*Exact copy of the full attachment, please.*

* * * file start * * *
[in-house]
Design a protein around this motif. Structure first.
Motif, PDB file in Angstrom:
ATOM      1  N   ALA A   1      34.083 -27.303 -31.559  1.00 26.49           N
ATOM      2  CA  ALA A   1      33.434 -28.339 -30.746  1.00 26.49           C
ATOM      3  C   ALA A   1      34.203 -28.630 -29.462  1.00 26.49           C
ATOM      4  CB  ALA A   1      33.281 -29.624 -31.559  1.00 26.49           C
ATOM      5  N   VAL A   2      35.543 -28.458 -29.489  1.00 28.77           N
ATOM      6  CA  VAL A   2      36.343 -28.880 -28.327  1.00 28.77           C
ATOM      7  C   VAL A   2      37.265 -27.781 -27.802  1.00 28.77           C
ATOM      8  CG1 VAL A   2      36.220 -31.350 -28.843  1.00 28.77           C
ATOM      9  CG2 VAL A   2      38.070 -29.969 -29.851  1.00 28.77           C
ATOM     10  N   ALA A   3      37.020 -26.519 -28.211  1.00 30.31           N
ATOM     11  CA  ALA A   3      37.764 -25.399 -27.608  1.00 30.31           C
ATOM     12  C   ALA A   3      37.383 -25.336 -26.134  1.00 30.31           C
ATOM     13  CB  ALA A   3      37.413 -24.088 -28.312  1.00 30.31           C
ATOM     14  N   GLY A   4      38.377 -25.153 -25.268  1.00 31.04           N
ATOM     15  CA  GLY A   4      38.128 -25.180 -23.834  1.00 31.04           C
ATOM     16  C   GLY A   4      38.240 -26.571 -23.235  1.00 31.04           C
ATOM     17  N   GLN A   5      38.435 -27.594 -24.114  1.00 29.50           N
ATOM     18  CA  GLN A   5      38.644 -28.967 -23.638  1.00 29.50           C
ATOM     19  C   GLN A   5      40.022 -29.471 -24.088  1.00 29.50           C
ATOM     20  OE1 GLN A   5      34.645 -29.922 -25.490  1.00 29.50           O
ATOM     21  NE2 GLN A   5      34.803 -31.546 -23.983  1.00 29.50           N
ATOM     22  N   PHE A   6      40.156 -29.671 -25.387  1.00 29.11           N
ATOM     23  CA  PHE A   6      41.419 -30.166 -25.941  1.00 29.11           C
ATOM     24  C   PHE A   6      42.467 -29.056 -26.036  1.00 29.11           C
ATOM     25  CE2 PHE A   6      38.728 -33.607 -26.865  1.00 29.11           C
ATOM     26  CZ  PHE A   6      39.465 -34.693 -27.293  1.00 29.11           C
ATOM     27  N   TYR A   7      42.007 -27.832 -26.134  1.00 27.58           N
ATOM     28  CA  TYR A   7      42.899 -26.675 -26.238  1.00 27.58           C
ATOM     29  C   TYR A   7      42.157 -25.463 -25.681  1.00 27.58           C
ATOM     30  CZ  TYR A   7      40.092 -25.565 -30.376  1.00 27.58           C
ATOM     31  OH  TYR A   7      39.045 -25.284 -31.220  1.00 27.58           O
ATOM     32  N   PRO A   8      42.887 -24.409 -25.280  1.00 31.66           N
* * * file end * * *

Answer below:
[in-house]
Design a protein around this motif. Structure first.
Motif, PDB file in Angstrom:
ATOM      1  N   ALA A   1      34.083 -27.303 -31.559  1.00 26.49           N
ATOM      2  CA  ALA A   1      33.434 -28.339 -30.746  1.00 26.49           C
ATOM      3  C   ALA A   1      34.203 -28.630 -29.462  1.00 26.49           C
ATOM      4  CB  ALA A   1      33.281 -29.624 -31.559  1.00 26.49           C
ATOM      5  N   VAL A   2      35.543 -28.458 -29.489  1.00 28.77           N
ATOM      6  CA  VAL A   2      36.343 -28.880 -28.327  1.00 28.77           C
ATOM      7  C   VAL A   2      37.265 -27.781 -27.802  1.00 28.77           C
ATOM      8  CG1 VAL A   2      36.220 -31.350 -28.843  1.00 28.77           C
ATOM      9  CG2 VAL A   2      38.070 -29.969 -29.851  1.00 28.77           C
ATOM     10  N   ALA A   3      37.020 -26.519 -28.211  1.00 30.31           N
ATOM     11  CA  ALA A   3      37.764 -25.399 -27.608  1.00 30.31           C
ATOM     12  C   ALA A   3      37.383 -25.336 -26.134  1.00 30.31           C
ATOM     13  CB  ALA A   3      37.413 -24.088 -28.312  1.00 30.31           C
ATOM     14  N   GLY A   4      38.377 -25.153 -25.268  1.00 31.04           N
ATOM     15  CA  GLY A   4      38.128 -25.180 -23.834  1.00 31.04           C
ATOM     16  C   GLY A   4      38.240 -26.571 -23.235  1.00 31.04           C
ATOM     17  N   GLN A   5      38.435 -27.594 -24.114  1.00 29.50           N
ATOM     18  CA  GLN A   5      38.644 -28.967 -23.638  1.00 29.50           C
ATOM     19  C   GLN A   5      40.022 -29.471 -24.088  1.00 29.50           C
ATOM     20  OE1 GLN A   5      34.645 -29.922 -25.490  1.00 29.50           O
ATOM     21  NE2 GLN A   5      34.803 -31.546 -23.983  1.00 29.50           N
ATOM     22  N   PHE A   6      40.156 -29.671 -25.387  1.00 29.11           N
ATOM     23  CA  PHE A   6      41.419 -30.166 -25.941  1.00 29.11           C
ATOM     24  C   PHE A   6      42.467 -29.056 -26.036  1.00 29.11           C
ATOM     25  CE2 PHE A   6      38.728 -33.607 -26.865  1.00 29.11           C
ATOM     26  CZ  PHE A   6      39.465 -34.693 -27.293  1.00 29.11           C
ATOM     27  N   TYR A   7      42.007 -27.832 -26.134  1.00 27.58           N
ATOM     28  CA  TYR A   7      42.899 -26.675 -26.238  1.00 27.58           C
ATOM     29  C   TYR A   7      42.157 -25.463 -25.681  1.00 27.58           C
ATOM     30  CZ  TYR A   7      40.092 -25.565 -30.376  1.00 27.58           C
ATOM     31  OH  TYR A   7      39.045 -25.284 -31.220  1.00 27.58           O
ATOM     32  N   PRO A   8      42.887 -24.409 -25.280  1.00 31.66           N